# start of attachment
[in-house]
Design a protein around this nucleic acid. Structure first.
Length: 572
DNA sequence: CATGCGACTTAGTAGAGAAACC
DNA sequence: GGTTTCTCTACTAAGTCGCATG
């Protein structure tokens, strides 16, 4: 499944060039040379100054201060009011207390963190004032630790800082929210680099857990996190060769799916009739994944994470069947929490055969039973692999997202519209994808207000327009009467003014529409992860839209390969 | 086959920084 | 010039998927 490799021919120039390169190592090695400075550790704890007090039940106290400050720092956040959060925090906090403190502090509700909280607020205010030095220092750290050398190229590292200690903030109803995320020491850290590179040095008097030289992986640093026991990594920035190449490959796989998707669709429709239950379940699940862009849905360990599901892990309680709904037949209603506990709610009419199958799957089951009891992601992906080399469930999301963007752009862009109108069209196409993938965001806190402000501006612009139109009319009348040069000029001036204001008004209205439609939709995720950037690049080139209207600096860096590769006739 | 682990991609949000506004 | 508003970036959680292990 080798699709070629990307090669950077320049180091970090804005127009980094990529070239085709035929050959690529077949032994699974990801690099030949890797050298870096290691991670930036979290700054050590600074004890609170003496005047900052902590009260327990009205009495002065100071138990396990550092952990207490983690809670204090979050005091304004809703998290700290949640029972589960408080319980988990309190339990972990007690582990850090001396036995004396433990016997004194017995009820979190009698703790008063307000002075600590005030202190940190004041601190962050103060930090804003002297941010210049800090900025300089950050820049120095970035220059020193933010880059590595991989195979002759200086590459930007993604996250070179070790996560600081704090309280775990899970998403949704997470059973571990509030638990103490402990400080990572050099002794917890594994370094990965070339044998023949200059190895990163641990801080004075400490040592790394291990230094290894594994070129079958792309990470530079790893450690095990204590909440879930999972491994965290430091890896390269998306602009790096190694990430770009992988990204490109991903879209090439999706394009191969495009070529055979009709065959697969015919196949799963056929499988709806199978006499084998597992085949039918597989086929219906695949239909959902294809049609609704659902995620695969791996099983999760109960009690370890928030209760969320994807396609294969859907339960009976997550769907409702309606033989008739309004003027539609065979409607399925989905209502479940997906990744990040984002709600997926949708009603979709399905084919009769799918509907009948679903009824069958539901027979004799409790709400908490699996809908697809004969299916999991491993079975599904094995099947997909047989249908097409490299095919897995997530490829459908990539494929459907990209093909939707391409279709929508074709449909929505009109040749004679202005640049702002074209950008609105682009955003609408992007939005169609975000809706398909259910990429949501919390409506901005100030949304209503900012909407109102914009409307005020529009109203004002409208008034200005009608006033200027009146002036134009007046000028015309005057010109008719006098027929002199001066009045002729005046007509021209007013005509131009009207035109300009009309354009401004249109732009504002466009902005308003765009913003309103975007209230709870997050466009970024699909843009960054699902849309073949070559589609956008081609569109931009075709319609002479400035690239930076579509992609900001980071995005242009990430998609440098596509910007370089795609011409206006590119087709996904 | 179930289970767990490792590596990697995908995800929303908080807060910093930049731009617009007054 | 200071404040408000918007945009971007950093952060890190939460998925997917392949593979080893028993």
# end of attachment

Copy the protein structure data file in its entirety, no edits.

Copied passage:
[in-house]
Design a protein around this nucleic acid. Structure first.
Length: 572
DNA sequence: CATGCGACTTAGTAGAGAAACC
DNA sequence: GGTTTCTCTACTAAGTCGCATG
């Protein structure tokens, strides 16, 4: 499944060039040379100054201060009011207390963190004032630790800082929210680099857990996190060769799916009739994944994470069947929490055969039973692999997202519209994808207000327009009467003014529409992860839209390969 | 086959920084 | 010039998927 490799021919120039390169190592090695400075550790704890007090039940106290400050720092956040959060925090906090403190502090509700909280607020205010030095220092750290050398190229590292200690903030109803995320020491850290590179040095008097030289992986640093026991990594920035190449490959796989998707669709429709239950379940699940862009849905360990599901892990309680709904037949209603506990709610009419199958799957089951009891992601992906080399469930999301963007752009862009109108069209196409993938965001806190402000501006612009139109009319009348040069000029001036204001008004209205439609939709995720950037690049080139209207600096860096590769006739 | 682990991609949000506004 | 508003970036959680292990 080798699709070629990307090669950077320049180091970090804005127009980094990529070239085709035929050959690529077949032994699974990801690099030949890797050298870096290691991670930036979290700054050590600074004890609170003496005047900052902590009260327990009205009495002065100071138990396990550092952990207490983690809670204090979050005091304004809703998290700290949640029972589960408080319980988990309190339990972990007690582990850090001396036995004396433990016997004194017995009820979190009698703790008063307000002075600590005030202190940190004041601190962050103060930090804003002297941010210049800090900025300089950050820049120095970035220059020193933010880059590595991989195979002759200086590459930007993604996250070179070790996560600081704090309280775990899970998403949704997470059973571990509030638990103490402990400080990572050099002794917890594994370094990965070339044998023949200059190895990163641990801080004075400490040592790394291990230094290894594994070129079958792309990470530079790893450690095990204590909440879930999972491994965290430091890896390269998306602009790096190694990430770009992988990204490109991903879209090439999706394009191969495009070529055979009709065959697969015919196949799963056929499988709806199978006499084998597992085949039918597989086929219906695949239909959902294809049609609704659902995620695969791996099983999760109960009690370890928030209760969320994807396609294969859907339960009976997550769907409702309606033989008739309004003027539609065979409607399925989905209502479940997906990744990040984002709600997926949708009603979709399905084919009769799918509907009948679903009824069958539901027979004799409790709400908490699996809908697809004969299916999991491993079975599904094995099947997909047989249908097409490299095919897995997530490829459908990539494929459907990209093909939707391409279709929508074709449909929505009109040749004679202005640049702002074209950008609105682009955003609408992007939005169609975000809706398909259910990429949501919390409506901005100030949304209503900012909407109102914009409307005020529009109203004002409208008034200005009608006033200027009146002036134009007046000028015309005057010109008719006098027929002199001066009045002729005046007509021209007013005509131009009207035109300009009309354009401004249109732009504002466009902005308003765009913003309103975007209230709870997050466009970024699909843009960054699902849309073949070559589609956008081609569109931009075709319609002479400035690239930076579509992609900001980071995005242009990430998609440098596509910007370089795609011409206006590119087709996904 | 179930289970767990490792590596990697995908995800929303908080807060910093930049731009617009007054 | 200071404040408000918007945009971007950093952060890190939460998925997917392949593979080893028993």